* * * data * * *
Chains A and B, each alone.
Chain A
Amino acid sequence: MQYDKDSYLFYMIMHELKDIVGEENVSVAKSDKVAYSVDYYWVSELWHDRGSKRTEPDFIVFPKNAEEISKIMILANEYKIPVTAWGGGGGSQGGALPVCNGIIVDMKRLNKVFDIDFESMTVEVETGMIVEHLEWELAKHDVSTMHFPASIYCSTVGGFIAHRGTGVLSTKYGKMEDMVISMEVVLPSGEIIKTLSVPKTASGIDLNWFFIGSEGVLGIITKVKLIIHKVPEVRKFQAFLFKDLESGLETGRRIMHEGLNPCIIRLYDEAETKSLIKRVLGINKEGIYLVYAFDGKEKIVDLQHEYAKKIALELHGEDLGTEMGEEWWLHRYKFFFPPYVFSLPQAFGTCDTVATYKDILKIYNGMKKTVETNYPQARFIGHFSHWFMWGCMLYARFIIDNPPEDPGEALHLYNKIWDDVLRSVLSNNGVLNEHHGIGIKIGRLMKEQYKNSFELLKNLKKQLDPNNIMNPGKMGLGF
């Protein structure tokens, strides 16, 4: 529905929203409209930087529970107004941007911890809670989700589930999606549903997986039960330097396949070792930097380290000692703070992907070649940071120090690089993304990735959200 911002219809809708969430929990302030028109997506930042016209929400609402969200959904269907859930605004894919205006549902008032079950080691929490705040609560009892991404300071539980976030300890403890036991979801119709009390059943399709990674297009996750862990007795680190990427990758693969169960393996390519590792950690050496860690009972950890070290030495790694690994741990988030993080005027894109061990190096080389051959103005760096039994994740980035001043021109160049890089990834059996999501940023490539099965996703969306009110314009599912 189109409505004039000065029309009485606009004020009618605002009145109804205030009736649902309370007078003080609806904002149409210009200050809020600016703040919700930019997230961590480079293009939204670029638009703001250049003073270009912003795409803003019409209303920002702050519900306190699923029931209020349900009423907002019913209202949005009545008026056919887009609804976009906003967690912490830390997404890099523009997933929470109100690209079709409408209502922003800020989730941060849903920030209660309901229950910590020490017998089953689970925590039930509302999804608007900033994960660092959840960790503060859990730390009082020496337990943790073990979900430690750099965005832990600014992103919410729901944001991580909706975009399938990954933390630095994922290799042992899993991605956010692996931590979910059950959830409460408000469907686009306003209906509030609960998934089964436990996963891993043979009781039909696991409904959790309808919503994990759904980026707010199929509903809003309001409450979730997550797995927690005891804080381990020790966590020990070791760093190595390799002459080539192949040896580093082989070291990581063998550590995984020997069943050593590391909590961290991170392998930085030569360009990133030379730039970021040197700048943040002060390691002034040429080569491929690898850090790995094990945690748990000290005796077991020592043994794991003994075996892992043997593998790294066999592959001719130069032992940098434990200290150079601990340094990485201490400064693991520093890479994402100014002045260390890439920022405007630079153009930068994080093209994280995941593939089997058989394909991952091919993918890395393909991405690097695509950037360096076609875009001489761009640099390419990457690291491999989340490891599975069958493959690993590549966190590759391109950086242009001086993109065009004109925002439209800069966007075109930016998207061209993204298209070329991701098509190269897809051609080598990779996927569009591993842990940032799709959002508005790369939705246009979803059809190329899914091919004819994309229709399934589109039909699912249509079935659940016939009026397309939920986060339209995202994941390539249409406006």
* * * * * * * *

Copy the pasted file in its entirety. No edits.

Chains A and B, each alone.
Chain A
Amino acid sequence: MQYDKDSYLFYMIMHELKDIVGEENVSVAKSDKVAYSVDYYWVSELWHDRGSKRTEPDFIVFPKNAEEISKIMILANEYKIPVTAWGGGGGSQGGALPVCNGIIVDMKRLNKVFDIDFESMTVEVETGMIVEHLEWELAKHDVSTMHFPASIYCSTVGGFIAHRGTGVLSTKYGKMEDMVISMEVVLPSGEIIKTLSVPKTASGIDLNWFFIGSEGVLGIITKVKLIIHKVPEVRKFQAFLFKDLESGLETGRRIMHEGLNPCIIRLYDEAETKSLIKRVLGINKEGIYLVYAFDGKEKIVDLQHEYAKKIALELHGEDLGTEMGEEWWLHRYKFFFPPYVFSLPQAFGTCDTVATYKDILKIYNGMKKTVETNYPQARFIGHFSHWFMWGCMLYARFIIDNPPEDPGEALHLYNKIWDDVLRSVLSNNGVLNEHHGIGIKIGRLMKEQYKNSFELLKNLKKQLDPNNIMNPGKMGLGF
């Protein structure tokens, strides 16, 4: 529905929203409209930087529970107004941007911890809670989700589930999606549903997986039960330097396949070792930097380290000692703070992907070649940071120090690089993304990735959200 911002219809809708969430929990302030028109997506930042016209929400609402969200959904269907859930605004894919205006549902008032079950080691929490705040609560009892991404300071539980976030300890403890036991979801119709009390059943399709990674297009996750862990007795680190990427990758693969169960393996390519590792950690050496860690009972950890070290030495790694690994741990988030993080005027894109061990190096080389051959103005760096039994994740980035001043021109160049890089990834059996999501940023490539099965996703969306009110314009599912 189109409505004039000065029309009485606009004020009618605002009145109804205030009736649902309370007078003080609806904002149409210009200050809020600016703040919700930019997230961590480079293009939204670029638009703001250049003073270009912003795409803003019409209303920002702050519900306190699923029931209020349900009423907002019913209202949005009545008026056919887009609804976009906003967690912490830390997404890099523009997933929470109100690209079709409408209502922003800020989730941060849903920030209660309901229950910590020490017998089953689970925590039930509302999804608007900033994960660092959840960790503060859990730390009082020496337990943790073990979900430690750099965005832990600014992103919410729901944001991580909706975009399938990954933390630095994922290799042992899993991605956010692996931590979910059950959830409460408000469907686009306003209906509030609960998934089964436990996963891993043979009781039909696991409904959790309808919503994990759904980026707010199929509903809003309001409450979730997550797995927690005891804080381990020790966590020990070791760093190595390799002459080539192949040896580093082989070291990581063998550590995984020997069943050593590391909590961290991170392998930085030569360009990133030379730039970021040197700048943040002060390691002034040429080569491929690898850090790995094990945690748990000290005796077991020592043994794991003994075996892992043997593998790294066999592959001719130069032992940098434990200290150079601990340094990485201490400064693991520093890479994402100014002045260390890439920022405007630079153009930068994080093209994280995941593939089997058989394909991952091919993918890395393909991405690097695509950037360096076609875009001489761009640099390419990457690291491999989340490891599975069958493959690993590549966190590759391109950086242009001086993109065009004109925002439209800069966007075109930016998207061209993204298209070329991701098509190269897809051609080598990779996927569009591993842990940032799709959002508005790369939705246009979803059809190329899914091919004819994309229709399934589109039909699912249509079935659940016939009026397309939920986060339209995202994941390539249409406006």